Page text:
PHDCN researchers measured practices of informal social control through a five-item Likert-type scale:
To measure indicia of neighborhood social cohesion and trust, PHDCN researchers asked respondents how strongly they agreed that: (i) "people around here are willing to help their neighbors," (ii) "this is a close-knit neighborhood," (iii) "people in this neighborhood can be trusted," (iv) "people in this neighborhood generally don't get along with each other," and (v) "people in this neighborhood do not share the same values." Id.
the PHDCN and the FFCW are both large-scale longitudinal surveys, there
represented in the PHDCN is very different than the FFCW.
of caregiver-child conflict evident in the PHDCN across a broader age
(35) Unfortunately, the PHDCN does not include information on the
Personnel at the ICPSR then matched the school closing and neighborhood tract data so that we knew whether, and in what year, a Catholic elementary school (or more than one) had closed in any of the PHDCN neighborhoods.
Using the PHDCN data, we then estimated the effect of a closed Catholic school on neighborhood social cohesion and disorder through a Two-Stage Least Squares (2SLS) regression.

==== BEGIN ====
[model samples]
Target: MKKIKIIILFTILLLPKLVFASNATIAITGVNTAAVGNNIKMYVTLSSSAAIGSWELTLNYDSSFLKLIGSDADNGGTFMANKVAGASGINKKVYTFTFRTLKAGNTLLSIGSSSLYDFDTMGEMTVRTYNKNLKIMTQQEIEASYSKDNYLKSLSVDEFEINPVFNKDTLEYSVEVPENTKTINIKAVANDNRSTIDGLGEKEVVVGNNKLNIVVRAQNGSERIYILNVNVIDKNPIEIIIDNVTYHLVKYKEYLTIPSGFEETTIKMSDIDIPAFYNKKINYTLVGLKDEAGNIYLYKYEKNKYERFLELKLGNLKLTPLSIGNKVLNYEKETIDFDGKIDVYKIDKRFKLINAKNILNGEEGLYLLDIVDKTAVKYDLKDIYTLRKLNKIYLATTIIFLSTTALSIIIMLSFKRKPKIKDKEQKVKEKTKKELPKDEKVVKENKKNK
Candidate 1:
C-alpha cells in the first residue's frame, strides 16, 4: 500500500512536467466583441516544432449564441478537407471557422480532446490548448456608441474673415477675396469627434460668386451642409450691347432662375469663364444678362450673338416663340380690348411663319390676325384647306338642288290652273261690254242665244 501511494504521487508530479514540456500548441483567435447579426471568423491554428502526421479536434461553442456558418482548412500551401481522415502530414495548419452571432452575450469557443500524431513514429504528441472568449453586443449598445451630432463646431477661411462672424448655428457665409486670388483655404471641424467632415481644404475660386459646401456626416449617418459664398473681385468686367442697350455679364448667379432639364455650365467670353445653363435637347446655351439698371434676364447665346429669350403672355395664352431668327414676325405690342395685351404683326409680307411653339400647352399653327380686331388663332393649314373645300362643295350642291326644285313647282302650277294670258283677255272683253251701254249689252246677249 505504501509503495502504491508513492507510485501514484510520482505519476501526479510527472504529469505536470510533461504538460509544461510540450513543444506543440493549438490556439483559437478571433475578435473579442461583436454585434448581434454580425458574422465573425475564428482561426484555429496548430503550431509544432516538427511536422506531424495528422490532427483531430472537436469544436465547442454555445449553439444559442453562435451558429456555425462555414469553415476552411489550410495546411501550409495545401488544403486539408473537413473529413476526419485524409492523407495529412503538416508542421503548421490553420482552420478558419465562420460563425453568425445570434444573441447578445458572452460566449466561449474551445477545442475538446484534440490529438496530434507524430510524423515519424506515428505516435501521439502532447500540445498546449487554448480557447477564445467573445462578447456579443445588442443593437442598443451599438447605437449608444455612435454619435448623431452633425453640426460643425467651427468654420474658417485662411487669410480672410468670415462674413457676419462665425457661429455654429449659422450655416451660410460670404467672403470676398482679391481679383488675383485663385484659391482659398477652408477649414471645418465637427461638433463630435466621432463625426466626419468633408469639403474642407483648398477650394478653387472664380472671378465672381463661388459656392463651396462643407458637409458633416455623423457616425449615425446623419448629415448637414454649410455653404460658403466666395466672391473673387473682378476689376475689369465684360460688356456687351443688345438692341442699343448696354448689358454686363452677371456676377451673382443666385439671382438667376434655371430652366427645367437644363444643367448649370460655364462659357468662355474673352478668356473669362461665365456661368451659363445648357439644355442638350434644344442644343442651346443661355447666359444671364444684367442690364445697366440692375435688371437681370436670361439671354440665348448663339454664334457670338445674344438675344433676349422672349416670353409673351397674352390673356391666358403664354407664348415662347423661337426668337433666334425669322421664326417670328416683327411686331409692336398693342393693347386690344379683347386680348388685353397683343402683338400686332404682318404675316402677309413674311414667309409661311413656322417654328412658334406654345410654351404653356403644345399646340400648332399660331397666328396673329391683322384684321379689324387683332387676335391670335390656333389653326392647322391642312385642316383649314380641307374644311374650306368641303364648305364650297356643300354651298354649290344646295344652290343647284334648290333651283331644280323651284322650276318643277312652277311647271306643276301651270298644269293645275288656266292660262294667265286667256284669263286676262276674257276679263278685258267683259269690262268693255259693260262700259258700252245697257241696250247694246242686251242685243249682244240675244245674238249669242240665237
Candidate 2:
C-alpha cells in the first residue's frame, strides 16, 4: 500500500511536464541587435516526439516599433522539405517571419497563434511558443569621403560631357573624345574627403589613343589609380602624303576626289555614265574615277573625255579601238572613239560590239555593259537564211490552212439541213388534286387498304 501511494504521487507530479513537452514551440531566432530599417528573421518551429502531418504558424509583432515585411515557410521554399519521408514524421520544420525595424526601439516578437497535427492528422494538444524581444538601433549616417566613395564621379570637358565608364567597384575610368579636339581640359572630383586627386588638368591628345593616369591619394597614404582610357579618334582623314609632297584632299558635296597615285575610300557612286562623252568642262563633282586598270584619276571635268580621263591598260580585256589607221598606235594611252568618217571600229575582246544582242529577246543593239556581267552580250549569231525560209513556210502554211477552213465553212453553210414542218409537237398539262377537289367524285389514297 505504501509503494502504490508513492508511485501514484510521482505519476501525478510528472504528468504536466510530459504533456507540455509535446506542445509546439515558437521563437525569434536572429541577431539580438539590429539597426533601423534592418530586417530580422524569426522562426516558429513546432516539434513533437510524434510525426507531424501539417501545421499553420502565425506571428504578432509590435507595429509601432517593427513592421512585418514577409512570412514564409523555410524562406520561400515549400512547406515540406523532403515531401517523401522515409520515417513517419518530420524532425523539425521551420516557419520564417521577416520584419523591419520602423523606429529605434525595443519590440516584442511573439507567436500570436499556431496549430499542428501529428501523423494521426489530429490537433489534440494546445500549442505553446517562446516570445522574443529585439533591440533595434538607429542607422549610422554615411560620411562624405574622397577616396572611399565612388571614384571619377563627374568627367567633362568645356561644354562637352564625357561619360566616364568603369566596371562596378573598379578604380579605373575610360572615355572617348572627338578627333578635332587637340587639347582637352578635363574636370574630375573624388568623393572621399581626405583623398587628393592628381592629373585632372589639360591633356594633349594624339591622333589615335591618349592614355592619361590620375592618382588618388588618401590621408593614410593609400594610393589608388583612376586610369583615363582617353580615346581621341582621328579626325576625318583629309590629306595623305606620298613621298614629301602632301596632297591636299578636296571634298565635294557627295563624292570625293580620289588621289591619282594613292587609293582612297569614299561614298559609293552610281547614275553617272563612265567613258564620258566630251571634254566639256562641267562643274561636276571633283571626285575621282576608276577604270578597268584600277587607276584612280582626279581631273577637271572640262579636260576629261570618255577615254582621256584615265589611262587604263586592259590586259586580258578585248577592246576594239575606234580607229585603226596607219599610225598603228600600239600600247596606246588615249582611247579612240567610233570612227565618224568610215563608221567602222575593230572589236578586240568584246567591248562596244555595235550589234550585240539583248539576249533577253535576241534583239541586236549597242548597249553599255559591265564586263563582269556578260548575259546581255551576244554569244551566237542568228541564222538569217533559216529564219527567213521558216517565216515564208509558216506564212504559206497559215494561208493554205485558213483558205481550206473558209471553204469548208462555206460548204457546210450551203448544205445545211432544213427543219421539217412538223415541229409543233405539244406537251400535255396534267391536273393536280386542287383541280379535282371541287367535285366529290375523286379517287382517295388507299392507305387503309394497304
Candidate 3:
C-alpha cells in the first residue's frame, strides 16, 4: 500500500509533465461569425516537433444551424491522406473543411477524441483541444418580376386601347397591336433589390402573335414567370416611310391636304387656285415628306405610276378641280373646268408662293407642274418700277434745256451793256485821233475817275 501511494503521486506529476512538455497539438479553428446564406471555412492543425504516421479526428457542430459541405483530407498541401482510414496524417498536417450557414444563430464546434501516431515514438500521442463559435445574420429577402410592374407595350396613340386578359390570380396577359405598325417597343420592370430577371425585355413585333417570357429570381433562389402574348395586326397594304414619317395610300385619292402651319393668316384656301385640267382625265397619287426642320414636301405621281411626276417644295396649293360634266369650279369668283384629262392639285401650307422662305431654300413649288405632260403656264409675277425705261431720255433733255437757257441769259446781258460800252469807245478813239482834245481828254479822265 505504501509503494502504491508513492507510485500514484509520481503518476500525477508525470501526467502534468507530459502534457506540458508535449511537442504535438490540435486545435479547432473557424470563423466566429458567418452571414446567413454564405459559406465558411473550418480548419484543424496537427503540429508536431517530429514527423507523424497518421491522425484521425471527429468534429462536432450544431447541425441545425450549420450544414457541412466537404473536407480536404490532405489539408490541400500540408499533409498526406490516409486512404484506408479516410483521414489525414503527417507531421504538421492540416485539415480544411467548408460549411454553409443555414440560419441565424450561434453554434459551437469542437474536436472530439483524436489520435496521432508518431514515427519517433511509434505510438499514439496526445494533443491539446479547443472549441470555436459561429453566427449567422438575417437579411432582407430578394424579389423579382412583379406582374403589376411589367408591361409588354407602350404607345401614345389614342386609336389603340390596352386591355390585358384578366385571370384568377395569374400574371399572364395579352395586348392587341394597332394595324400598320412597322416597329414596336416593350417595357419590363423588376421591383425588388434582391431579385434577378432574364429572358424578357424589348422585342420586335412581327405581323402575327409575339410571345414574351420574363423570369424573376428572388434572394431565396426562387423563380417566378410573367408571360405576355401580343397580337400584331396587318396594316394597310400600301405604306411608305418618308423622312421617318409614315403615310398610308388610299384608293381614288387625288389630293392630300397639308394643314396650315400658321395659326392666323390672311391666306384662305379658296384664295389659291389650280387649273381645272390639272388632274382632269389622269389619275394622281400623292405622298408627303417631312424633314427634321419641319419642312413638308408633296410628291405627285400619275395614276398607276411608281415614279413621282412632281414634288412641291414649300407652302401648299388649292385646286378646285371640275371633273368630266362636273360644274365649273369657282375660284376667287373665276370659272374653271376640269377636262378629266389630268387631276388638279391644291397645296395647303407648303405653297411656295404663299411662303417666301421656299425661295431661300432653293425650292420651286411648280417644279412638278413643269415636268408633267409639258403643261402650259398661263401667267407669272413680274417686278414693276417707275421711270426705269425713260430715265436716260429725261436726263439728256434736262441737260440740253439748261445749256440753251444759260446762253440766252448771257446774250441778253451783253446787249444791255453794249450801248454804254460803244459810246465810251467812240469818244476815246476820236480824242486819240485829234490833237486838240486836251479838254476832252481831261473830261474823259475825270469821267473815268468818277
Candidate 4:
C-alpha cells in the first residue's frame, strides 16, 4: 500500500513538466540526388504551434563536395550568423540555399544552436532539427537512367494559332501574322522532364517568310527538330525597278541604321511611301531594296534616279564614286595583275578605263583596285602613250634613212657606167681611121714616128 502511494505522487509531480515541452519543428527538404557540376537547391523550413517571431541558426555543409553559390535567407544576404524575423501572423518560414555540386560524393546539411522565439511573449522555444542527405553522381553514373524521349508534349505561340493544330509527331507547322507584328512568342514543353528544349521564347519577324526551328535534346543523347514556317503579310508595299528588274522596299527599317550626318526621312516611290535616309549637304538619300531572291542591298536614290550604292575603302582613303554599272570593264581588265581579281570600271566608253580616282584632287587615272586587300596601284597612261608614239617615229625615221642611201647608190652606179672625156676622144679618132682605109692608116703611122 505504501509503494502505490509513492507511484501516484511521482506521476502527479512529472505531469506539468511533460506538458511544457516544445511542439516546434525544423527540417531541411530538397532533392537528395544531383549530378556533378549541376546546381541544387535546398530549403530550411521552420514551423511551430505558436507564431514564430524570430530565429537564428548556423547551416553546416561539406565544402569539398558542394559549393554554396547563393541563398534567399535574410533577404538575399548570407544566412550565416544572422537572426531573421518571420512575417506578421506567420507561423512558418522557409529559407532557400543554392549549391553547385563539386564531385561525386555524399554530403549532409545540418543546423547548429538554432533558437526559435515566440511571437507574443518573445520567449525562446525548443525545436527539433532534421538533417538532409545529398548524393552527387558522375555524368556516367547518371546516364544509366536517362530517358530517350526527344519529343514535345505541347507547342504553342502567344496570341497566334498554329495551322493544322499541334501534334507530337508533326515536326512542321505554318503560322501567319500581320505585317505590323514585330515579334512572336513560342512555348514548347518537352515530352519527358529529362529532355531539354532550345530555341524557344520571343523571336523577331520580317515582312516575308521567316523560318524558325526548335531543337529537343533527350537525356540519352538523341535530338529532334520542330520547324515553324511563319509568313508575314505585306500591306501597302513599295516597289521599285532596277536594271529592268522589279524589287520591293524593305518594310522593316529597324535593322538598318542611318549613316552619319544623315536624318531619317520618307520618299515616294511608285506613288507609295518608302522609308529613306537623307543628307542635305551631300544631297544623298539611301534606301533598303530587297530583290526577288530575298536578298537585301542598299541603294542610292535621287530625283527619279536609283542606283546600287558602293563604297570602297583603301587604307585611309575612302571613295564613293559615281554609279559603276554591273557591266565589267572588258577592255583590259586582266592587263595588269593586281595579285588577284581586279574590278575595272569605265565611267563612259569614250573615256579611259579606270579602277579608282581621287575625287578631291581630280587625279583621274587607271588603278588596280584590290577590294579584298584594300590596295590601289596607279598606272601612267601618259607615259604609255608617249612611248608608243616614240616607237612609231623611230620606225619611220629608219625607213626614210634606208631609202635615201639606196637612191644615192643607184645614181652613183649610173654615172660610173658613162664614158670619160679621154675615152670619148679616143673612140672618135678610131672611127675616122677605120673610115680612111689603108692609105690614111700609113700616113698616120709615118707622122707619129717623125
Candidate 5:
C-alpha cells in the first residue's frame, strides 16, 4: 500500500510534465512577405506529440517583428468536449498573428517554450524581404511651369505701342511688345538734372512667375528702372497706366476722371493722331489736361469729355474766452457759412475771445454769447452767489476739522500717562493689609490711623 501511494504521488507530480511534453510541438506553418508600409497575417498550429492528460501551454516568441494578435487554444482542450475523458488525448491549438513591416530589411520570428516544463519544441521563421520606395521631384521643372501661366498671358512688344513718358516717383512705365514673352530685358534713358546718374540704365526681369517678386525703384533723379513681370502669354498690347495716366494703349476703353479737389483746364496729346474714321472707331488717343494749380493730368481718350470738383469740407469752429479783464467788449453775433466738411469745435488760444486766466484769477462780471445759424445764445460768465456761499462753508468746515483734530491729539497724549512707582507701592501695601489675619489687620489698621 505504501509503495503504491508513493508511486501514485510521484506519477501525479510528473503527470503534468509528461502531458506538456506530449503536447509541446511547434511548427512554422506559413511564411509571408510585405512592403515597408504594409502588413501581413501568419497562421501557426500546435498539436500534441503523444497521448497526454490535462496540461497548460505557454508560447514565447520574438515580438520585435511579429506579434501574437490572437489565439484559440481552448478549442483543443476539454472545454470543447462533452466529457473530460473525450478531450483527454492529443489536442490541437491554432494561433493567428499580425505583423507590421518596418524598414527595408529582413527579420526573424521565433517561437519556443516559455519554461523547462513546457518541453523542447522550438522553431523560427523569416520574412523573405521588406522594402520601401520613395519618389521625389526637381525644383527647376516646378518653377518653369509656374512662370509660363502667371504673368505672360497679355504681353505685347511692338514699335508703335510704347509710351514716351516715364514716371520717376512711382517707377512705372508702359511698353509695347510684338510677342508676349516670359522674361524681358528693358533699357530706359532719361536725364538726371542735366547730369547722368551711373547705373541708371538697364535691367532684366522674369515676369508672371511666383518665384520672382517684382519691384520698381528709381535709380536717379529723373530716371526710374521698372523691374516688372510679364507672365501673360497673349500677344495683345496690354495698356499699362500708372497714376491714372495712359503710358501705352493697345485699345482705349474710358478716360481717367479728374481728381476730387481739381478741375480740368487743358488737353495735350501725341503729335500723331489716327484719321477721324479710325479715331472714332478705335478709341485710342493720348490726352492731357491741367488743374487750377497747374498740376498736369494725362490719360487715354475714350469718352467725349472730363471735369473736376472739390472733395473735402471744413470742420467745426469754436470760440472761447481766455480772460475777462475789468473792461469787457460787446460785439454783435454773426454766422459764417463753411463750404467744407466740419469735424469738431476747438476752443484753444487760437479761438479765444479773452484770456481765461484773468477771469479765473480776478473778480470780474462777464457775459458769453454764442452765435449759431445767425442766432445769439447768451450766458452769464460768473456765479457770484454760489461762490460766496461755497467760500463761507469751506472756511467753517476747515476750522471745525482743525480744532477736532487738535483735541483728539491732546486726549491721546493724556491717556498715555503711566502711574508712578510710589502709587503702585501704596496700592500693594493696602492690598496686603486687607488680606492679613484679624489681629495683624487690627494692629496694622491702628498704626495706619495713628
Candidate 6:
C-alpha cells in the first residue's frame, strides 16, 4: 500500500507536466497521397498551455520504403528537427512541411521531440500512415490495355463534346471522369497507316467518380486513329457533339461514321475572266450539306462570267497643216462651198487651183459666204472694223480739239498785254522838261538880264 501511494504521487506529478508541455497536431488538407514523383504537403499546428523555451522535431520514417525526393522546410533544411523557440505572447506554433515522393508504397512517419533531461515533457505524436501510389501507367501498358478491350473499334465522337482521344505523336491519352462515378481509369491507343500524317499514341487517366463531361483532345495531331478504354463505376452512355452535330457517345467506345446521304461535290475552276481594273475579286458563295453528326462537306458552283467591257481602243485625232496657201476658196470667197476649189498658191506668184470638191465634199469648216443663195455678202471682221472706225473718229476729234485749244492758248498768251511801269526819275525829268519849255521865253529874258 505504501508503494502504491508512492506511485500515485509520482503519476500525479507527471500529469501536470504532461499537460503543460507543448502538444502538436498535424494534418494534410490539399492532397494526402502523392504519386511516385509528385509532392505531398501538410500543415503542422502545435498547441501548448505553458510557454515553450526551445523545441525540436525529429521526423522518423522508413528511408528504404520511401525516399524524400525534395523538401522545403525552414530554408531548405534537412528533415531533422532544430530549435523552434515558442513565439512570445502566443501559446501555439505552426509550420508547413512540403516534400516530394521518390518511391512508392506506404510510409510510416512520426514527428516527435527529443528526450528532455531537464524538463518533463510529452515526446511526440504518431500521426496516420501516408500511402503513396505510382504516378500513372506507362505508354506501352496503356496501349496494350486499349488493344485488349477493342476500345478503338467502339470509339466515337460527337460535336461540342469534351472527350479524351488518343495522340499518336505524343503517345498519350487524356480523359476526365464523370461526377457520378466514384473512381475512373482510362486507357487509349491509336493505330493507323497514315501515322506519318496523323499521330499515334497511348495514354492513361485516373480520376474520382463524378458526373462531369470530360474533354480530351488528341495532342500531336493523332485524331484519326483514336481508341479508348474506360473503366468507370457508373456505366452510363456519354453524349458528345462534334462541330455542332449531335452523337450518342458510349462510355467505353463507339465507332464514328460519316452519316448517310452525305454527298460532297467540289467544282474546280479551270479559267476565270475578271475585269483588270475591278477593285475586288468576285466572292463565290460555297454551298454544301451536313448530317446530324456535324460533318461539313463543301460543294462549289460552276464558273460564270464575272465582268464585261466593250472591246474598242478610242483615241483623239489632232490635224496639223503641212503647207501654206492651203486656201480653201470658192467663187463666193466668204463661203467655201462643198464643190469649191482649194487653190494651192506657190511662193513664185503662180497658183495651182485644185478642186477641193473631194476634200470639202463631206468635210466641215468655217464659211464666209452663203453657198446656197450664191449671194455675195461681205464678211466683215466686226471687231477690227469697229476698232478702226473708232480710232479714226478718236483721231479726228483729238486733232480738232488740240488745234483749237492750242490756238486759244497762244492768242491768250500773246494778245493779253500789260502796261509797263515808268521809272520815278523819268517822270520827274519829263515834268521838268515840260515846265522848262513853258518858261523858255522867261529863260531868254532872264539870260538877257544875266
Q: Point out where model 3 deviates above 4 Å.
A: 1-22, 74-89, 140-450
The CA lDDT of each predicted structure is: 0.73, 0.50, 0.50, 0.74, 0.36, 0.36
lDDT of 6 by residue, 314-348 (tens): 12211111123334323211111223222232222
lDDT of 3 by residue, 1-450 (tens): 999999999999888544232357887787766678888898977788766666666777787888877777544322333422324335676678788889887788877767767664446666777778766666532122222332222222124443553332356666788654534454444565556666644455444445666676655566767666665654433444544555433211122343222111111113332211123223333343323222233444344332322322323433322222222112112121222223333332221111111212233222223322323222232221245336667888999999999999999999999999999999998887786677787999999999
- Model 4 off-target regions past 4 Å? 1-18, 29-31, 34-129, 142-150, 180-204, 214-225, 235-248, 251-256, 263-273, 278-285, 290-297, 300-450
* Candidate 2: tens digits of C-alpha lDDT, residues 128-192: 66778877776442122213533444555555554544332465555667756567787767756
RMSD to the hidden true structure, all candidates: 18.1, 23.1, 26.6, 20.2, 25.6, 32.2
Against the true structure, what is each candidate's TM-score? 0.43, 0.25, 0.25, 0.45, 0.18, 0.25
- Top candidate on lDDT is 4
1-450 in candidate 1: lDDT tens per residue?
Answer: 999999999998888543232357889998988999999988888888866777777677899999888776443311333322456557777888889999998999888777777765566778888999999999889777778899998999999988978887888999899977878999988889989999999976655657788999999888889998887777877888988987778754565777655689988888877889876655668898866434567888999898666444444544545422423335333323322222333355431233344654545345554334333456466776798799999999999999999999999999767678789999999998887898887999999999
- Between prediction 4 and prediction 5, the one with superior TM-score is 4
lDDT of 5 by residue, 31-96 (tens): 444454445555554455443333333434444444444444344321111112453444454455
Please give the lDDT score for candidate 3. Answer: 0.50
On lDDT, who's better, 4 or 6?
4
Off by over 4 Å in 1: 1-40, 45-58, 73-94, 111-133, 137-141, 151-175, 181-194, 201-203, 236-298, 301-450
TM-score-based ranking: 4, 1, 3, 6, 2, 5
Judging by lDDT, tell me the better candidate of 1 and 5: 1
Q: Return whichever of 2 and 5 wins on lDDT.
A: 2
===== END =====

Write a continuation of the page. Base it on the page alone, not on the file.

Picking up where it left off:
The community survey conducted by PHDCN asked residents "how much of a problem" they considered three manifestations of social disorder--drinking in public, selling or using drugs, and teenagers causing disturbances.
For our measure of social cohesion, we rely on the PHDCN survey data, described above, which asked residents to indicate their level of agreement and disagreement with the following statements: (a) "People around here are willing to help their neighbors;" (b) "This is a close-knit neighborhood;" (c) "People in this neighborhood can be trusted;" (d) "People in this neighborhood do not generally get along with each other;" and (e) "People in this neighborhood do not share the same values." Although these data were compiled separately for each of the 3382 respondents included in the 2SLS regression (Table 4), the scale of five items was also compiled on a neighborhood level.
This finding reinforces and deepens the PHDCN conclusion that organization is positively related to collective efficacy.
Despite the potential short and longterm effect dramatized by the PHDCN findings, there is a persistent difficulty with isolated grassroots activity.